The holidays are almost here – which means increased travel for millions of Americans.
Whether people are traveling to see loved ones or flying away from home for a weekend getaway, the travel bug is hitting many Americans.
With more people traveling this time of year, many could use some tips on how to better navigate a potentially very stressful time.
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CEO Andrew Herr, 39, of Los Angeles told Fox News Digital that he’s taken over 400 flights in his lifetime — picking up some useful tips along the way.
“I would estimate I’ve been on 400-500 flights in almost 50 countries,” he said.
Herr runs Fount, a health and performance consulting company based in Los Angeles.
He has worked for the Office of the Secretary of Defense and the Air Force and with Navy SEALs, fighter pilots and Army enlisted men, he said.
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He earned master’s degrees in health physics, microbiology and immunology, as well as security studies, from Georgetown University in Washington, DC, where he also did his undergraduate work at the School of Foreign Service, according to his biography.
Herr shared his top five tips for surviving holiday season travel.
Use your diet to protect against inflammation
Herr’s first tip is to eat small, high-protein, low-carb meals when preparing for travel.
“Too many carbohydrates can raise blood sugar and cause systemic inflammation,” he said.
He recommends eating vegetables with every meal to slow the absorption of sugar into the blood and to help reduce inflammation in general.
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Herr recommends eating roasted chicken and vegetables at the airport, if necessary.
Be smart about screen time and bright light
When traveling at night, Herr said he was careful about screen time and natural light.
The lady recommends avoiding blue and bright light for two to three hours before bed at your final destination.
“Bright, blue light signals your brain to be awake, and blue light suppresses your natural production of melatonin — a key part of your brain’s process for entering deep, high-quality sleep,” he said.
He recommends wearing blue light-blocking glasses to help suppress melatonin production.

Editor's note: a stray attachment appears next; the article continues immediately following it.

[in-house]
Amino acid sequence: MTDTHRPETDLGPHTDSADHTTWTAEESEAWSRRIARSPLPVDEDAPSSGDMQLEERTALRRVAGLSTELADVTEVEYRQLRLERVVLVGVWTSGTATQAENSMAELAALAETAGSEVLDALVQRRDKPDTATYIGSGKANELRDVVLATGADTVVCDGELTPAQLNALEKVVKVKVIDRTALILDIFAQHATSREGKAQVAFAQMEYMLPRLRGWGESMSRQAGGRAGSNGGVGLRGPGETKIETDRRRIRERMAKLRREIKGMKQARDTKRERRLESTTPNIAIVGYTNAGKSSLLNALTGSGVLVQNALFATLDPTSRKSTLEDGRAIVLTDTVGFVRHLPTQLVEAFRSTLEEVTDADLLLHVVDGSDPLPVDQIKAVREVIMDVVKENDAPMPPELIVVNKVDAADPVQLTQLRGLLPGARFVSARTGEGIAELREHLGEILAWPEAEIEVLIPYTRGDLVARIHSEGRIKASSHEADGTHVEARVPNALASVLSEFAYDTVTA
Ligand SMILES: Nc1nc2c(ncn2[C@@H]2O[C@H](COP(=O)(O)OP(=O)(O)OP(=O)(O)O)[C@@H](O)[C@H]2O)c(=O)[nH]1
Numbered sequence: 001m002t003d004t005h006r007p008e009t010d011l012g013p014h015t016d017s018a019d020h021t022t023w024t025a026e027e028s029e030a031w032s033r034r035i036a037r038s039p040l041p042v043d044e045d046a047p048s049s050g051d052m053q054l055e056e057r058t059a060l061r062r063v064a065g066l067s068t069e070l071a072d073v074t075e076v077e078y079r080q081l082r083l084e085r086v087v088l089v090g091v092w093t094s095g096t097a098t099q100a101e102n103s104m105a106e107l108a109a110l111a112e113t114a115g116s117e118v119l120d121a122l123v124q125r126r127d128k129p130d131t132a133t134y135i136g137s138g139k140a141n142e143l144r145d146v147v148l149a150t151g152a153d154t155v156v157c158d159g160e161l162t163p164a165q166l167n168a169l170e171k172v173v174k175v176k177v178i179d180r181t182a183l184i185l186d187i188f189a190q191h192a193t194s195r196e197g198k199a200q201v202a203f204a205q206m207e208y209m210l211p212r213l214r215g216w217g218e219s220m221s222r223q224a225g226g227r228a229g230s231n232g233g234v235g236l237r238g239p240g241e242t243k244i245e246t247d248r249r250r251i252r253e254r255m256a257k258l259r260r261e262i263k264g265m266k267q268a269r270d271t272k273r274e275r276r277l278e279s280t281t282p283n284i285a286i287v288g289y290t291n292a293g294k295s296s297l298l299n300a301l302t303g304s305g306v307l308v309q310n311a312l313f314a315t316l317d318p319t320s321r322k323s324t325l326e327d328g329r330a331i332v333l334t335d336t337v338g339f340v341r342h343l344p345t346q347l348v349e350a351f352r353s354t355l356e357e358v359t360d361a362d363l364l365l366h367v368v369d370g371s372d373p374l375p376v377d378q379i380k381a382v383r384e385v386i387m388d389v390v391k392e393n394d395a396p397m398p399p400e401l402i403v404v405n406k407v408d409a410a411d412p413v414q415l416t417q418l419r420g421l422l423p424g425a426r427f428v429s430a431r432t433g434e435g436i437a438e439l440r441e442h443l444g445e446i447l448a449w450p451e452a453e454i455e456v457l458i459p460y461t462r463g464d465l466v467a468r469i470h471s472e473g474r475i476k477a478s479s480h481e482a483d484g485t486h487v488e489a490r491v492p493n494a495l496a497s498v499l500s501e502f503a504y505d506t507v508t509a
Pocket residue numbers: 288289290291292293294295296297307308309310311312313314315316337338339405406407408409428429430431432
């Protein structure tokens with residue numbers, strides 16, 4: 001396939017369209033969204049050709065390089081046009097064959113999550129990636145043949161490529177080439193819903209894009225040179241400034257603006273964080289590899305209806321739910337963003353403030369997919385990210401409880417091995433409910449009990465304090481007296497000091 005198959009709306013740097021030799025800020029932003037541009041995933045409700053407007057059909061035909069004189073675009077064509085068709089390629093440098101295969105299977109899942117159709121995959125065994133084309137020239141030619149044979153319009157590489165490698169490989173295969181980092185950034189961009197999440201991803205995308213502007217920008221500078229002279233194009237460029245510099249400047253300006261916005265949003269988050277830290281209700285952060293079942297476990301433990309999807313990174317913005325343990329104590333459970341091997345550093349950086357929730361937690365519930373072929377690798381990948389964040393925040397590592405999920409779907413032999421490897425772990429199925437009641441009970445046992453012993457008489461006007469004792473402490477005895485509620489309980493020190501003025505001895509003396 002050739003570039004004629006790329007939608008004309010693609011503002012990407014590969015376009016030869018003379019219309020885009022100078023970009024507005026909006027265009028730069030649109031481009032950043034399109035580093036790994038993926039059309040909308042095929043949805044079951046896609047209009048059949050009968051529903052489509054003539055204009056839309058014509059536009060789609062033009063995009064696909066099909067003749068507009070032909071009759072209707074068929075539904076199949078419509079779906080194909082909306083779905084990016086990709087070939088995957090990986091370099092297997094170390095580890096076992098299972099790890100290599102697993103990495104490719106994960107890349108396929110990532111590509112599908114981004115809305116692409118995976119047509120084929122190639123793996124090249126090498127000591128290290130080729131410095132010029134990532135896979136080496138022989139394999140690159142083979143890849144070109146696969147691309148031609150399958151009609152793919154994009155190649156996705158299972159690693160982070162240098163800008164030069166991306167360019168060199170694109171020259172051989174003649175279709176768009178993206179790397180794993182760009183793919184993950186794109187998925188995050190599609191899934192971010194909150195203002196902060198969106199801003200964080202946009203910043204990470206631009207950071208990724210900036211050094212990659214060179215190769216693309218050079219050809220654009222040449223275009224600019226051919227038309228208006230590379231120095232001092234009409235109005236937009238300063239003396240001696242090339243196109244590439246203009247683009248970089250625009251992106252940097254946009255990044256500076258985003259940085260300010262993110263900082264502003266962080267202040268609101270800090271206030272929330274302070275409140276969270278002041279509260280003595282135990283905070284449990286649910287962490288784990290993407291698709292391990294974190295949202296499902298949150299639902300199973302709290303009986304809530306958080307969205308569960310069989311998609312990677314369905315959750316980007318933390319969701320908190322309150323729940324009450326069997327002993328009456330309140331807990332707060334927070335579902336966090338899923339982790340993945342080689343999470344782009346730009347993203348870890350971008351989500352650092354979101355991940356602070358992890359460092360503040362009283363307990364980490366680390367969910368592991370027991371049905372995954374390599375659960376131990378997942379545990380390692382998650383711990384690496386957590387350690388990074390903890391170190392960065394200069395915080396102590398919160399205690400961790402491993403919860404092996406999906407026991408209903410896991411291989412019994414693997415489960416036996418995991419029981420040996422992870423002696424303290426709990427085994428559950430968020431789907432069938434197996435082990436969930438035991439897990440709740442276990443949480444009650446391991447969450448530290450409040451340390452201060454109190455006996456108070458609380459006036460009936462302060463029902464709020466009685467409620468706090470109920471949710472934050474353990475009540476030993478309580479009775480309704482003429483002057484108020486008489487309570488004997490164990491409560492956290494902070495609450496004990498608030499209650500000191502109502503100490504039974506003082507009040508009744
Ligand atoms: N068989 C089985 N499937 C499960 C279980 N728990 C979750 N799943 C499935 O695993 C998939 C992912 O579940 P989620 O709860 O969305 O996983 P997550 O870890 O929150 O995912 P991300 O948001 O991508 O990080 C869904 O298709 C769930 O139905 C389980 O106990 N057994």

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The lady also said it’s wise to get bright light, preferably sunlight, when you wake up at your destination.
Herr recommends skipping in-flight alcohol service.
“Alcohol boosts our immune system, reducing sleep quality and increasing inflammation,” he said.
“This effect is amplified when you are flying.”
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He noted that flyers should avoid drinking at the airport or on the plane. Save those drinks instead, he said, for the party wherever you’re headed.
Move your body before you travel
Herr recommends getting in a quick workout before your travel day begins.
“Exercise increases circulation, joint mobility and endorphins, so you’ll feel better – body and mind,” he said.
If pre-ride exercise isn’t an option, he advised moving for 10-15 minutes after your rides before going to bed.
Physical activity can be one of the best ways to make your mind and body feel better after traveling.
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“Research shows that most people sleep better even when they work out in the evening up to two hours before bed, compared to no exercise,” he said.
Regulate your breathing
Managing stress during long travel days is key to surviving the holiday travel season, many experts believe.
Herr is a fan of “box breathing,” he said.
It’s a style of breath work in which you breathe in slowly through your nose for four seconds, hold your breath for four seconds, breathe out slowly through your mouth—and hold it again for four seconds.
“It can help regulate your central nervous system and reduce stress,” he said.
Herr also noted that if four seconds is on the easy side, try increasing the time to six of eight seconds for each step.
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Those who feel undue stress or anxiety before, during or after traveling should certainly consult their health care provider and get the best medical advice.